If anything, that’s what the iPad Pro is waiting on for its size and power really to make sense – more specifically designed apps that take advantage of its bigger screen and faster processing capabilities.

A large part of the iPad Pro’s charm is its emphasis on creating things, removing a level of technicality to put you into a much more natural set-up, with all the simplicity of pen and paper on a hugely advanced digital interface.

This is certainly aided by Apple’s Pencil accessory – a stylus-type device available separately for £79.

We say 'stylus-type' because this isn’t something you’d use for general navigation, but for more precision design work or notes. It’s a joy to use, weighted perfectly in the hand with sensors that detect its position, level of pressure and angle.

There’s another official accessory for the iPad Pro, and that’s Apple’s Smart Keyboard – a £140 protective case that doubles as a stand with a super-slim foldable keyboard built in.

With a closed-key design, it is both spill-proof and wipe clean and, unlike some third party alternatives, doesn’t require separate charging. Instead it connects to the iPad Pro via its three-pronged Smart Connector, which powers it whenever it’s in use, by way of conduction.

To keep the keyboard so slim (4mm), the keys are quite shallow, so don’t have the same level of travel as you’ll be used to from a laptop, which might take some adjusting to. Otherwise, it’s the same size as a regular MacBook keyboard, and so typing on it is surprisingly comfortable. We do wish the screen tilt were adjustable though.

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On to music and there have been some significant changes here too. Firstly, there are now four speakers – one at each corner – that create a much bigger, more solid stereo sound.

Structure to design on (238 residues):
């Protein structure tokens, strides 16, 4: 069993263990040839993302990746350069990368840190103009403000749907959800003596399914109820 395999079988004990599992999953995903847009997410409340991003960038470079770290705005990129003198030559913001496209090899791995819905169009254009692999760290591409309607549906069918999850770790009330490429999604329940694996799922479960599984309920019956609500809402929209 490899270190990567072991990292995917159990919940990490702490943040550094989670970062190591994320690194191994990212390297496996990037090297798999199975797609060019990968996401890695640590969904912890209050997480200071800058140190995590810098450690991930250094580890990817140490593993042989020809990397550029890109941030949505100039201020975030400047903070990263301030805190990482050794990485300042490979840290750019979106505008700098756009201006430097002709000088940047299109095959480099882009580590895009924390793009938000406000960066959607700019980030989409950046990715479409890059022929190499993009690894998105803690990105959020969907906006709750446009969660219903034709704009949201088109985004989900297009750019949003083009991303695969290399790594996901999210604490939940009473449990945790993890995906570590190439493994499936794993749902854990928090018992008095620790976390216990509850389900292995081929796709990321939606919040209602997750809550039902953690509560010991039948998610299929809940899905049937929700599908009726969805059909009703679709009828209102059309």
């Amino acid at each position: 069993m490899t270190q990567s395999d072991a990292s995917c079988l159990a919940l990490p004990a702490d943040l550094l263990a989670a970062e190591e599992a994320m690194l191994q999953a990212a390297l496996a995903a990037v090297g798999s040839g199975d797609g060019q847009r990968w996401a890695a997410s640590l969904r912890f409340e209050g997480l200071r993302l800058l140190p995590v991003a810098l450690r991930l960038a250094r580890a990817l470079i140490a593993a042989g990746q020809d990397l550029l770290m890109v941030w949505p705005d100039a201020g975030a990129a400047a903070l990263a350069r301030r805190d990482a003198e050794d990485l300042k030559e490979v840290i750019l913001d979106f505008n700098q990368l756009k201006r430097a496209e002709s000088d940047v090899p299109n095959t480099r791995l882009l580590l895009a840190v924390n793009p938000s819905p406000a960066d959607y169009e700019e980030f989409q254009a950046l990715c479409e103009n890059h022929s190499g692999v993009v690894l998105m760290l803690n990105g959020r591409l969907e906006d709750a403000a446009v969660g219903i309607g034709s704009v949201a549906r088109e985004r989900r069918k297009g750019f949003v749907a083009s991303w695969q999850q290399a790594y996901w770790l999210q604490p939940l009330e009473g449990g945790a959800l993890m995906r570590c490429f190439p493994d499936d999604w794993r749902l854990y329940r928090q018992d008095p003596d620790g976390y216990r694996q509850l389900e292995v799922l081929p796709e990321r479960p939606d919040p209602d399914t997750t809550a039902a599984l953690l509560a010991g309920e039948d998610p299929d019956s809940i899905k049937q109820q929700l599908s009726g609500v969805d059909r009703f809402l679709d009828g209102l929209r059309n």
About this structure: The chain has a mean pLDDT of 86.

They’re intelligent speakers too, changing their focus with the iPad’s orientation – while all four will produce bass frequencies, the upper two will dedicate themselves to high frequencies for a cleaner, clearer sound.

The performance using headphones seems to have a better sense of space, too.

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Cameras have very little place on tablets at the best of times, let alone those measuring in at 12.9in. But Apple has included them all the same, with the same front-facing and rear cameras as the iPad Air 2.

This means an 8MP f/2.4 lens on the main cam with autofocus and 1080P video capabilities, and a 1.2MP, 720p Facetime HD camera on the front.

As ever, you’ll get passable shots in good light, but it’s worth remembering there’s no flash here so it’s not one for low-light snapping.


We're big fans of the iPad Pro. Its larger, improved screen makes for a superb movie-watching experience, while its power boost means it’s as fast and smooth as you could ever want it to be.

Add that to improved audio across the board, and some excellently considered accessories, and you have a superb tablet proposition – assuming you have the space and budget of course, because the iPad Pro is not cheap.

Starting at £680 for 32GB with wi-fi and going up to £900 for the top spec (128GB + 3G), there are plenty of laptops you could get for less.

But then you wouldn’t buy this if you wanted a laptop. The iPad Pro is very much a tablet, and quite possibly the best tablet on the market today. It proves that size most definitely matters. And when it comes to tablets, bigger is certainly better.